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Administrative data

Description of key information

Acute oral toxicity
- LD50 (male and female: rat): 3455.1 mg/kg bw (2978.9-4007.5) (BASF AG 1969)
Acute inhalation toxicity:
LC50 is supposed to be > 20 mg/L /4h (vapor) based onthe available information (BASF 1969; Smyth et al. 1962)
Acute dermal toxicity
- LD50 (female: rat): 3235 mg/kg bw (Hoechst 1975)

Key value for chemical safety assessment

Acute toxicity: via oral route

Link to relevant study records
acute toxicity: oral
Type of information:
experimental study
Adequacy of study:
key study
2 (reliable with restrictions)
Rationale for reliability incl. deficiencies:
other: Comparable to guideline study with acceptable restrictions (no GLP)
equivalent or similar to
OECD Guideline 401 (Acute Oral Toxicity)
Principles of method if other than guideline:
The study was conducted according to an internal BASF method which was in principle comparable to the OECD guideline 401. A test group consisting of 5 animals/sex/dose was treated by single gavage with an aqueous solution of the test substance. The animals were weighed prior treatment only. The animals were observed for mortality and for clinical signs of toxicity for a period of 14 days. Decedents were subjected to necropsy. At the end of the observation period, the surviving animals were sacrificed (CO2 aphyxiation) for the purpose of necropsy. The LD50 value was estimated on the basis of the observed mortalities using the Lichtfield and Wilcoxon method

GLP compliance:
Test type:
standard acute method
Details on test animals and environmental conditions:
- Source: Firma Gassner/Ottobrunn
- Age at study initiation: no data
- Mean weight at study initiation: ♀ = 150g; ♂ = 160g
- Diet: ad libitum (Altromin "R" from Altromin GmbH, Lage)
- Water: ad libitum
- Acclimation period: no data

- no data
Route of administration:
oral: gavage
Details on oral exposure:

The test substance was administered as a 20 and 30% aqueous solution
2, 2.5, 3.2, 4, 5, 6.4 ml/kg bw
conversion with density 0.99g/ml) = 1980, 2475, 3168, 3960, 4950, 6336 mg/kg bw
No. of animals per sex per dose:
5/sex/dose for all doses except 3168 mg/kg bw where 10/sex/dose were employed
Control animals:
Details on study design:
- Duration of observation period following administration: 14 days
- Frequency of mortality check: after 1 hour, 24 hours, 48 hours, 7 days and 14 days
- Necropsy of survivors performed: yes
- Other examinations performed: clinical signs, body weight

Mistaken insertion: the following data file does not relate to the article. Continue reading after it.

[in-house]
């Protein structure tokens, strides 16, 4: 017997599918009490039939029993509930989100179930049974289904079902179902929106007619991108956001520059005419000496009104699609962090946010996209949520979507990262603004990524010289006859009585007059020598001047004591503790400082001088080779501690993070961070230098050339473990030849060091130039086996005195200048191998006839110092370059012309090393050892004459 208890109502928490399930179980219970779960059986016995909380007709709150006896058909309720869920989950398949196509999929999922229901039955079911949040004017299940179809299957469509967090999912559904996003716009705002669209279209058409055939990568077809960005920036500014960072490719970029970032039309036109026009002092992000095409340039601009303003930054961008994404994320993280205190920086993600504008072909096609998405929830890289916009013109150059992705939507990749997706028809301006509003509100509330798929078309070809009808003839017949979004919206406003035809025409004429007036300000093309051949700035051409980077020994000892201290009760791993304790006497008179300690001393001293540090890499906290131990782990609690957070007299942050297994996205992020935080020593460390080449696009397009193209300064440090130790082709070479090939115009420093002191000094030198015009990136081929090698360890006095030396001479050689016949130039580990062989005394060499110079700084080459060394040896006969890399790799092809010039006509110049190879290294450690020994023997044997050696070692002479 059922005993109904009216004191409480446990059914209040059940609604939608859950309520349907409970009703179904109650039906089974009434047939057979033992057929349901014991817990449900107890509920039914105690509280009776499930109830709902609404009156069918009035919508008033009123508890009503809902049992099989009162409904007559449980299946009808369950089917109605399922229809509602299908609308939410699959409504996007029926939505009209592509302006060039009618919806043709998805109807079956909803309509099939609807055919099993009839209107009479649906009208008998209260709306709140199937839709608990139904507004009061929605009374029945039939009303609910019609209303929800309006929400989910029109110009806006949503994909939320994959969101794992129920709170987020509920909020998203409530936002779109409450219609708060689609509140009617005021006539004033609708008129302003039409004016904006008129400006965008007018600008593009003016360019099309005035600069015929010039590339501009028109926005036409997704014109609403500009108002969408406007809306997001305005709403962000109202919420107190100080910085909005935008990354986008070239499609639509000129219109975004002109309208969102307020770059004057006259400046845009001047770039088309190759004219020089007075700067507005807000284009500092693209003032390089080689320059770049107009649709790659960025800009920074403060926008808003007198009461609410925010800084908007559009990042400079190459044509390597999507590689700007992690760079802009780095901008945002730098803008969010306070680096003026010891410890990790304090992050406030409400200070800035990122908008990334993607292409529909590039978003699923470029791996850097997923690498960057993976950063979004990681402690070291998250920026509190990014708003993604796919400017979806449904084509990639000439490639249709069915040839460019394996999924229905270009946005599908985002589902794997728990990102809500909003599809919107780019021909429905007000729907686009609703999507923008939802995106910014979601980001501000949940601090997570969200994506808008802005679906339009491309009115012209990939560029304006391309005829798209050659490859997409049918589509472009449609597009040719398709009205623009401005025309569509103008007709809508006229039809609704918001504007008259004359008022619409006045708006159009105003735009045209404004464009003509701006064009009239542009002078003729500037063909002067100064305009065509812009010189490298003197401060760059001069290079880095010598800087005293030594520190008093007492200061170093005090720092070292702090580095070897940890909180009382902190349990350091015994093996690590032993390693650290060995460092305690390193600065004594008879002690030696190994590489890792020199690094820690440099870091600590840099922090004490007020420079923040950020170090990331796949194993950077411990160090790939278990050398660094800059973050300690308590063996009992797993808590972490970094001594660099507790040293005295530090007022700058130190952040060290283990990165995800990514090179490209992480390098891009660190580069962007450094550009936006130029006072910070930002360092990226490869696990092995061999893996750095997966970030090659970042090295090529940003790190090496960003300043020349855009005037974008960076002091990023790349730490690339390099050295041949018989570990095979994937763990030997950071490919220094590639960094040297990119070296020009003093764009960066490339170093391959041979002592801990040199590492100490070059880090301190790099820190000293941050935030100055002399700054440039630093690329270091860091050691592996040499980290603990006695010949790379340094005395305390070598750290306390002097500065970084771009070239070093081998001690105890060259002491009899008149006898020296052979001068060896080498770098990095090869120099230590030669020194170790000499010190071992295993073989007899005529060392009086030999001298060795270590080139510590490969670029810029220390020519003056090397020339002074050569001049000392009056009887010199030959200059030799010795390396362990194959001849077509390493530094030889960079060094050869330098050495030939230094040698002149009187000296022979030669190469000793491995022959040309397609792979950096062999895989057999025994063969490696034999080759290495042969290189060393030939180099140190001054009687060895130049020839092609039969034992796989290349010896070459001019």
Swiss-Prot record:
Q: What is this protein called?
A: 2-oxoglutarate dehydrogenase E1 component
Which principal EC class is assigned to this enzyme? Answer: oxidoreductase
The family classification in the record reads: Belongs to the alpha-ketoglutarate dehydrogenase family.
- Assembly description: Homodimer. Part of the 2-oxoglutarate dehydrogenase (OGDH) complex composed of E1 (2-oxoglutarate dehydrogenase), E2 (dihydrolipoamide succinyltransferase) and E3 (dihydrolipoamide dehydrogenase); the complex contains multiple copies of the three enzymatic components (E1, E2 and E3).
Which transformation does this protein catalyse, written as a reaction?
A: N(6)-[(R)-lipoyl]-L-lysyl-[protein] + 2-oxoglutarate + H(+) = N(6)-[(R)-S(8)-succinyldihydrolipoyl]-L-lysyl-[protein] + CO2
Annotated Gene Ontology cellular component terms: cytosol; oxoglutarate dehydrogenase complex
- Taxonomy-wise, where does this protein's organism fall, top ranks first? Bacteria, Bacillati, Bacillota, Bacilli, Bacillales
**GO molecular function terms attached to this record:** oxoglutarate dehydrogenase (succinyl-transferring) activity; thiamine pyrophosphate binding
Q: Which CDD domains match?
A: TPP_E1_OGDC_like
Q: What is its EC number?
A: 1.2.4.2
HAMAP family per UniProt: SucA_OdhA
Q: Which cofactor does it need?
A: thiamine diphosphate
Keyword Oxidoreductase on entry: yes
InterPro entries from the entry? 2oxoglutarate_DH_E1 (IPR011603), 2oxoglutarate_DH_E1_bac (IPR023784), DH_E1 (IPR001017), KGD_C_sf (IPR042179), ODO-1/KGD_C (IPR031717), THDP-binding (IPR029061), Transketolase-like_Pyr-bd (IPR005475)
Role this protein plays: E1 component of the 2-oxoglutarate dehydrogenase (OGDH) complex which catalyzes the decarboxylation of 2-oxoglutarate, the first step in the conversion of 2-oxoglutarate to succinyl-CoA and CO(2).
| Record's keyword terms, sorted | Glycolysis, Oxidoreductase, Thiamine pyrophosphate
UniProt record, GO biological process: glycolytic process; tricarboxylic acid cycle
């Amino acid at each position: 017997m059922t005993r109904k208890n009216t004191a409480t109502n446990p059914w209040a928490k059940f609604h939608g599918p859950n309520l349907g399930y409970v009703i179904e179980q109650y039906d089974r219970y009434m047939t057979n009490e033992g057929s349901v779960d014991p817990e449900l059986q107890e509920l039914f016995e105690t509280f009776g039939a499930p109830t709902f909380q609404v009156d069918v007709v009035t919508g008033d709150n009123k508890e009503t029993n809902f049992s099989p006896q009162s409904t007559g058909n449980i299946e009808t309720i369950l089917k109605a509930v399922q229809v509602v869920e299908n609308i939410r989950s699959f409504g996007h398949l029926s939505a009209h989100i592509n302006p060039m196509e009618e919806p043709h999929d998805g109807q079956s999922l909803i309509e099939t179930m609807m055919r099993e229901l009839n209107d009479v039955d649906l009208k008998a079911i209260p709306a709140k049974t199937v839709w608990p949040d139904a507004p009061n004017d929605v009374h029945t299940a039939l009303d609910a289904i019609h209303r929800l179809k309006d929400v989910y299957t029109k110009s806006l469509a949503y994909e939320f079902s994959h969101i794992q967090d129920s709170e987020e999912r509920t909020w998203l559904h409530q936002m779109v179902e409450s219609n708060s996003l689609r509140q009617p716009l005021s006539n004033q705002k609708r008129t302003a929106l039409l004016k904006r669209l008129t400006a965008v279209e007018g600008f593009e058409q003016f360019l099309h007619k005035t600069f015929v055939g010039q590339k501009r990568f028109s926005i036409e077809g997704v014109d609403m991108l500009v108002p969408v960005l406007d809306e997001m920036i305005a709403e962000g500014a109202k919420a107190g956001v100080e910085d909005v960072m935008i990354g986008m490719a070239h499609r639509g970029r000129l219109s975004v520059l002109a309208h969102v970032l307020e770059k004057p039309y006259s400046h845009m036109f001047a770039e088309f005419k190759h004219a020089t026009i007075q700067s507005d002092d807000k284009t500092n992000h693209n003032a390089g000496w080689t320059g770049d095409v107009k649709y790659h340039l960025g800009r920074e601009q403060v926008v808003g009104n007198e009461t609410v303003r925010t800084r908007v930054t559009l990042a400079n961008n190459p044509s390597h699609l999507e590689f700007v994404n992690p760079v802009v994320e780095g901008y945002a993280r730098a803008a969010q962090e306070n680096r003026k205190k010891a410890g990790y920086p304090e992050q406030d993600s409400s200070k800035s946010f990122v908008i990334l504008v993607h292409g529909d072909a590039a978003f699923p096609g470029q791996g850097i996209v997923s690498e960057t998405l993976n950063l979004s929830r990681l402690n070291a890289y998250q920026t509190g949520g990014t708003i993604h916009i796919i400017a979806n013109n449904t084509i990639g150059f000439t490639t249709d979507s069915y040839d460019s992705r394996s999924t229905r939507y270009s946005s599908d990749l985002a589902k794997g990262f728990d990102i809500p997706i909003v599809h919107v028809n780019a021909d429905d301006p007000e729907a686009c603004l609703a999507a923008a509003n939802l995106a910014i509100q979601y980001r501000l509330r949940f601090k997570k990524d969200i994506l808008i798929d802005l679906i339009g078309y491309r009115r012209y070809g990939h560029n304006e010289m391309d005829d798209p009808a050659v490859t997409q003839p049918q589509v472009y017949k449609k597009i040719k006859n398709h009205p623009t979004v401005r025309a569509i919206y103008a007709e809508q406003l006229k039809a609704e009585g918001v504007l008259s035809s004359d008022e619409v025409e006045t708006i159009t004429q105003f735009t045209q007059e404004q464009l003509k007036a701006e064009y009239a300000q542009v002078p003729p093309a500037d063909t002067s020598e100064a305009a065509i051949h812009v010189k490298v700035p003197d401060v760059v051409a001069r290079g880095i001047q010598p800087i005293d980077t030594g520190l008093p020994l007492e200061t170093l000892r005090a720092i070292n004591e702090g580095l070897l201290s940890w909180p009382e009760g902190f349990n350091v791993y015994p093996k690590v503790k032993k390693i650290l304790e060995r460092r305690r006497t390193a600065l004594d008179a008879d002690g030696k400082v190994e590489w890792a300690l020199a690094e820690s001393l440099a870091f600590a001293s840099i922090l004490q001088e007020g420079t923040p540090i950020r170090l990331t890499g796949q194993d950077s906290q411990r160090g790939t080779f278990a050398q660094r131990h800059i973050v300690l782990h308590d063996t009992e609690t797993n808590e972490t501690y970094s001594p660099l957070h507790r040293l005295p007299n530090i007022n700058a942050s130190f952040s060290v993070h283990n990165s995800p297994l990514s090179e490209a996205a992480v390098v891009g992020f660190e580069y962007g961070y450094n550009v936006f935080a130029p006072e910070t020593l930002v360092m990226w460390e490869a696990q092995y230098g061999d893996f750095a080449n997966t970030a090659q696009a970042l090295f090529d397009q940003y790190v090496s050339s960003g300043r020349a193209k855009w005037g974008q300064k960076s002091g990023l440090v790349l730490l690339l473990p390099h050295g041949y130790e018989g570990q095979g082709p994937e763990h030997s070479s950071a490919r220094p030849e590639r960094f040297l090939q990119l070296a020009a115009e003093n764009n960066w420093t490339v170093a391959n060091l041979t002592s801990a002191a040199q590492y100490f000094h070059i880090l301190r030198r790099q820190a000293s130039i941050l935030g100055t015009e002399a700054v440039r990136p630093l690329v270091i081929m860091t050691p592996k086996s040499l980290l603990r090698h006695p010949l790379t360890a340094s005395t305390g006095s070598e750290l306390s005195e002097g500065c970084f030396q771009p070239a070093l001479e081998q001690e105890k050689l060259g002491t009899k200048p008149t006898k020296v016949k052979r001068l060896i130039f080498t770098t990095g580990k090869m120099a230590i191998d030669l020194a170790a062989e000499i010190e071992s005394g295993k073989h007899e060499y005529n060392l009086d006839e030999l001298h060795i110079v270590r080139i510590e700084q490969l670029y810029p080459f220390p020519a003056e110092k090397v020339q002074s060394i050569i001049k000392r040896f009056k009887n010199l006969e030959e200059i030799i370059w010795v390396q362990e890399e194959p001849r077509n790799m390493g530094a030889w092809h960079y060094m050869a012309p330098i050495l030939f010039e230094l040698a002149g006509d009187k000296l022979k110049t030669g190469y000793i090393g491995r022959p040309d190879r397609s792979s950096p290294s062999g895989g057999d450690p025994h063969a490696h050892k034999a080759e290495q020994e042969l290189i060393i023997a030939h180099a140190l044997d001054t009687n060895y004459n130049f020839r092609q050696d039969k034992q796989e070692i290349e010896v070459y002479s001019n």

Dose descriptor:
Effect level:
3 455.1 mg/kg bw
95% CL:
2 978.9 - 4 007.5
Remarks on result:
other: At all doses symptoms included: apathy, dyspnoea, partly cyanosis, intermittent breathing, crouching position, agitation.
- 1980 mg/kg bw: 1/5♀, 0/5♂
- 2475 mg/kg bw: 1/5♀, 0/5♂
- 3168 mg/kg bw: 5♀, 3♂
- 3960 mg/kg bw: 5/5♀, 3/5♂
- 4950 mg/kg bw: 3/5♀, 4/5♂
- 6336 mg/kg bw: 5/5♀, 5/5♂
Clinical signs:
At all doses symptoms included: apathy, dyspnoea, partly cyanosis, intermittent breathing, crouching position, agitation.
Body weight:
no data
Gross pathology:
- Decedents: liquid accumulation in the abdomen (10 animals), smudgy snout (4 animals), liver necrosis (1 animal)
- Sacrificed animals: multiple cases (9 animals) of reduced retroperitoneal fat pads, distended gastrointestinal tract
Endpoint conclusion
Endpoint conclusion:
adverse effect observed
Dose descriptor:
3 455 mg/kg bw

Additional information


Several valid studies exist for the assessment of the acute oral toxicity of propionic acid.


In an acute oral toxicity study similar to OECD 401, groups of 5-10 Sprague Dawley rats per sex weighing 150-160g were given a single oral dose of propionic acid (100 % pure) in water at doses of 2, 2.5, 3.2, 4, 5, 6.4 ml/kg bw (1980, 2475, 3168, 3960, 4950, 6336 mg/kg bw; density = 0.99 g/ml) and observed for 14 days. LD 50 in this study was 3455.1 mg/kg bw (2978.9-4007.5). Symptoms exhibited by the animals at all doses included; apathy, dyspnoea, partly cyanosis, intermittent breathing, crouching position, agitation. Multiple cases of reduced retroperitoneal pads and distended gastrointestinal tract were noticed at necropsy in surviving animals. Accumulation of liquids in the abdomen and smudgy snouts were noticed in moribund or descendent animals (BASF AG 1969).